1. In a large saucepan, add oil to pan and saute the onions until golden.
  2. Add the broth, bring the broth to a simmer and add the saffron threads, tomato paste, and butter.
  3. Cook the rice in the saffron broth according to the package instructions until it's al dente.
  4. Once cooked, gently spread the rice on a baking sheet to cool down, then sprinkle on the cheese and salt to taste.

Making the Ragù:

  1. Heat the olive oil in a pan over medium heat. Add the chopped onion and garlic, sautéing until translucent.
  2. Increase the heat to medium-high, add the ground meat, and cook until browned, breaking it apart with a spoon.
  3. Stir in the tomato sauce, peas, basil, oregano, salt, and pepper. Simmer for about 20 minutes, adding a little water at times to prevent the meat from drying out. Let it cool before assembling the arancini.

Assembling the Arancini:

  1. Take a portion of the cooled rice and flatten it in the palm of your hand.
  2. Place a spoonful of the ragù and a cube of mozzarella in the center of the rice.
  3. Enclose the filling with the rice, and squeeze, shaping it into a ball or a traditional pear shape.
  4. Repeat this process until all the rice and filling are used.
  5. Let the balls rest in the fridge for at least two hours, or overnight.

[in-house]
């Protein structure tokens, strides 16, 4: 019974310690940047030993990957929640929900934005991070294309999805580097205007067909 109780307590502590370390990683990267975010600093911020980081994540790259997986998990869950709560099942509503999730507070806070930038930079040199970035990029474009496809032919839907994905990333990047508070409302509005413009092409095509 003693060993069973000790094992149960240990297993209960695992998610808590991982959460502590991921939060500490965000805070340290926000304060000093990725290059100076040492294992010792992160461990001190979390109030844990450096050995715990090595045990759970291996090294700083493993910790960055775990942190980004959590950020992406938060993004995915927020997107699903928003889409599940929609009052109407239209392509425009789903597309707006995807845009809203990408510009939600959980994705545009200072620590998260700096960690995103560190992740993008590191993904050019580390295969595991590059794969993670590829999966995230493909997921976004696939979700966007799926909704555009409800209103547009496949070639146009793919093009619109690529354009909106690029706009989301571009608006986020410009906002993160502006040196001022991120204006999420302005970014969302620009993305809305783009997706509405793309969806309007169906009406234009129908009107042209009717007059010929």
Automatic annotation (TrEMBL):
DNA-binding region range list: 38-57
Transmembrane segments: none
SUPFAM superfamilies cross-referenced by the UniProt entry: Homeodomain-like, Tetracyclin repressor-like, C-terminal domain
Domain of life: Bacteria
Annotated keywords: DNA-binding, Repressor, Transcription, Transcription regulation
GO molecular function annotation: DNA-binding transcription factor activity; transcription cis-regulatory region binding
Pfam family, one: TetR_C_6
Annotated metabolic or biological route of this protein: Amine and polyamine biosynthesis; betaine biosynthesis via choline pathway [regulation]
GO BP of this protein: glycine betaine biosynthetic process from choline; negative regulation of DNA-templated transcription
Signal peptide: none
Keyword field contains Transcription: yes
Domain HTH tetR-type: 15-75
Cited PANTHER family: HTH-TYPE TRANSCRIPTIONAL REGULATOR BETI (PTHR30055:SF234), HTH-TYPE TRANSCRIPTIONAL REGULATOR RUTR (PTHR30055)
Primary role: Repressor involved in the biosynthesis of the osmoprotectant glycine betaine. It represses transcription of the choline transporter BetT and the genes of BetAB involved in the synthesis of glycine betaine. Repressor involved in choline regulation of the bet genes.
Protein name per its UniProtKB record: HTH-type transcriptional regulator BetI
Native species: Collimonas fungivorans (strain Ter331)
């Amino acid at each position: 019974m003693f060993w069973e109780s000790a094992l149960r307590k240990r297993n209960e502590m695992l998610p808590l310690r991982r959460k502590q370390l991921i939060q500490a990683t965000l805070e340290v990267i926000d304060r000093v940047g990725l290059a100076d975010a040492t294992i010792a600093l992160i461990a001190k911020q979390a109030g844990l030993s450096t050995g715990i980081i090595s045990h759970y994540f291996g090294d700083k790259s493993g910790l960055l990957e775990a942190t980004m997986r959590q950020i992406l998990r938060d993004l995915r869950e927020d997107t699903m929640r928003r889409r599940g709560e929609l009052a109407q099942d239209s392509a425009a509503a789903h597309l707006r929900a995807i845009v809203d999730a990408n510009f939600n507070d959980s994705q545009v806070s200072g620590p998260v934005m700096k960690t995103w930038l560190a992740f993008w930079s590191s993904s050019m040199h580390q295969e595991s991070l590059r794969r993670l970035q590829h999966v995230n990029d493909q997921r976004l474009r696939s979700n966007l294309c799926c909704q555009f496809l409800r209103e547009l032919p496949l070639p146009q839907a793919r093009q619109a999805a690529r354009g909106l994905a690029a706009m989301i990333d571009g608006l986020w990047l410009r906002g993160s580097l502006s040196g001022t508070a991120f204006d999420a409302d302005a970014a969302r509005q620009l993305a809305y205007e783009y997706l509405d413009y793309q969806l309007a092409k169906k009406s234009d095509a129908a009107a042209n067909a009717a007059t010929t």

Coating and Frying:

  1. Add flour to a bowl, and pour about a cup of water and stir with a fork to make a "cream" batter.
  2. Set up a breading station with separate dishes for the batter and breadcrumbs.
  3. Roll each rice ball the batter, and then coat it with breadcrumbs.
  4. In a deep fryer or a large, deep pan, heat the oil to 350°F (175°C).
  5. Fry the arancini in batches until they are golden brown and crispy, about 4-5 minutes. Drain on paper towels.
  6. If you don't want to deep fry, you can use an air fryer at 350 for 8-10 min.


Serve the Arancini al Ragù hot, accompanied by marinara sauce or simply on their own, allowing the burst of flavors from the creamy rice, rich ragù, and melted mozzarella to delight your palate.

Find me making this recipe on instagram. If you make this, feel free to tag me @mora_ceramics.

Written by Alixandrea Tieben